I'm sure you have seen a lot of vintage drums, and I'd like to ask you about the advantages and disadvantages of vintage drums based on your experience.
As I mentioned earlier, the advantage of vintage drums is that they can produce a high quality and unique sound that cannot be produced by current drums. Also, of course, it has a unique look, so it can catch people's attention, right? Huh?
What are those drums? I can get people's attention like, "What's that drummer doing?
Other than that, the advantage is that ordinary current or recent used ones will be treated as just used over time, so their value will only decrease. ..... (laughter). But as for vintage items, if they are still in usable condition after 80 or 100 years, their value as vintage items will not decrease. Well, of course, the market price fluctuates with changes in the economy (laughs), but it never becomes like a freebie.
I see. Certainly, when you think about 80 or 100 years of time, you can say that it is a cultural heritage of the United States.
It's amazing to have that at hand and to be able to make sounds with it! Even 80 or 100 years ago, someone was standing in front of a drum and lifting a stick, right? It's amazing !!!
Now, that's a disadvantage (laughs). Hmmm ..... What do you think? Well, if a part breaks on a particular model, you may not be able to get the part immediately, and some parts may be difficult to obtain. ..... However, if you buy from a reliable store that has expertise in this area, I am sure they will take care of the parts supply.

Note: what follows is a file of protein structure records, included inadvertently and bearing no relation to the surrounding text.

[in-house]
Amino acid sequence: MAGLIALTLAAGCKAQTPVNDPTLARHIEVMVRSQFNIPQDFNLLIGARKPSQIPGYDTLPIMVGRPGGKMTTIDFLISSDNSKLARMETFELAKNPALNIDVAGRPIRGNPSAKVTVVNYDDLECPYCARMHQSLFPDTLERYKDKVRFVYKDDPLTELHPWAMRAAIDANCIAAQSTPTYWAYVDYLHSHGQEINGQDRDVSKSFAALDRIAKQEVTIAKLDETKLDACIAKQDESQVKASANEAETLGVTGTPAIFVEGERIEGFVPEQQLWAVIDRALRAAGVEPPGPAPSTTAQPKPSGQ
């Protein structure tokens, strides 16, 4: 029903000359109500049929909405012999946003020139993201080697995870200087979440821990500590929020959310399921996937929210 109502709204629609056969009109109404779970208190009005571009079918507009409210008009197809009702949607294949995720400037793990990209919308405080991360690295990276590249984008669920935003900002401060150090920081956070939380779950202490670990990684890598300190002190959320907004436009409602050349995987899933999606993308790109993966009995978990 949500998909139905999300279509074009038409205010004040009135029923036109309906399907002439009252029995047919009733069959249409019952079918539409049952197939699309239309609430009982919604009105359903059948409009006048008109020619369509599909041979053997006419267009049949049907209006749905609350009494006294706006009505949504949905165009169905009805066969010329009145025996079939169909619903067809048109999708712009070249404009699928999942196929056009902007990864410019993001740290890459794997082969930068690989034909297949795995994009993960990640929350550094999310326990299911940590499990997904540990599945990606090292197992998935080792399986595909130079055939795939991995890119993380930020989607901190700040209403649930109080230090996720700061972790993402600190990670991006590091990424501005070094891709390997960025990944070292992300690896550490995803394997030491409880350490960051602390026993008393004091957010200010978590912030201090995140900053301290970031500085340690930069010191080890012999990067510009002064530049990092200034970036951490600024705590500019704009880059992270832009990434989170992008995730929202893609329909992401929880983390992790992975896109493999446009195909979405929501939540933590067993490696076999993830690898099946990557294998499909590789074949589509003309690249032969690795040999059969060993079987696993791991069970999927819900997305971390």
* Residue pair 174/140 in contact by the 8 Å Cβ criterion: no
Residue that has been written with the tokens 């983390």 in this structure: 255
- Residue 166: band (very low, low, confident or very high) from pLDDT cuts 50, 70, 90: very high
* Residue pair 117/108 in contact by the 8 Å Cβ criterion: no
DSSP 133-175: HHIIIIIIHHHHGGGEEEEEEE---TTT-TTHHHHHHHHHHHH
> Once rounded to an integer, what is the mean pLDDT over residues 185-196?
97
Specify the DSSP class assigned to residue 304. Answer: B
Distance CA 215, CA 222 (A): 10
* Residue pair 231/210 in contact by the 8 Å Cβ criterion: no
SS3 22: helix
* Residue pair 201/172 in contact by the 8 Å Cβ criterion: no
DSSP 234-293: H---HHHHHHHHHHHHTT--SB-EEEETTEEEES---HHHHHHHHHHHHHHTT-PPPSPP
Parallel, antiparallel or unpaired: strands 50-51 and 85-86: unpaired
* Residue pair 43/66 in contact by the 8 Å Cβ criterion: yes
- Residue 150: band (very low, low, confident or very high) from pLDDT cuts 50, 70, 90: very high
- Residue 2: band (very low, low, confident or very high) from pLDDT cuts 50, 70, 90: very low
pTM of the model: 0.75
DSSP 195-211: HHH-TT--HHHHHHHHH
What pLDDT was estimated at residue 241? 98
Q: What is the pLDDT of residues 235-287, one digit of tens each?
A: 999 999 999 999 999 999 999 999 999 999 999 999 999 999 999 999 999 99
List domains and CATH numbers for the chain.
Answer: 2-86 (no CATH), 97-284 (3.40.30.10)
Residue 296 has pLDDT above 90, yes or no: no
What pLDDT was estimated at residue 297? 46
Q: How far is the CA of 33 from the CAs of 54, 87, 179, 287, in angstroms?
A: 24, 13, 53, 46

In the U.S., vintage drums are a part of the culture, and there are quite a few companies that make replacement parts, so even if you need to replace a part, it's easy to fix it without losing the vintage look.
I see! So replacement parts exist because their value as vintage parts is well established. The existence of replacement parts proves the established value.
When stock runs out, we will make replacements.♪When stock runs out, we will make more and replenish it........"
By the way, I heard that you visited vintage drum stores and met famous collectors when you came to the U.S. Can you tell us about your memorable episodes and your view of vintage drums in the U.S.?
I'm the type of person who moves as I please (laughs), so when I have an idea, I act on it immediately !!!!! Even if I was staying in New York City, if I heard that there was a good deal in the next state or the next state over, I would take a long-distance bus the next morning. I'd drive to Memphis the next day if I heard that Black Beauty was for sale. ..... (Laughs). After many years of repeating such trips, I became a million-miler for a certain airline (laugh).
That's a lot (laughs).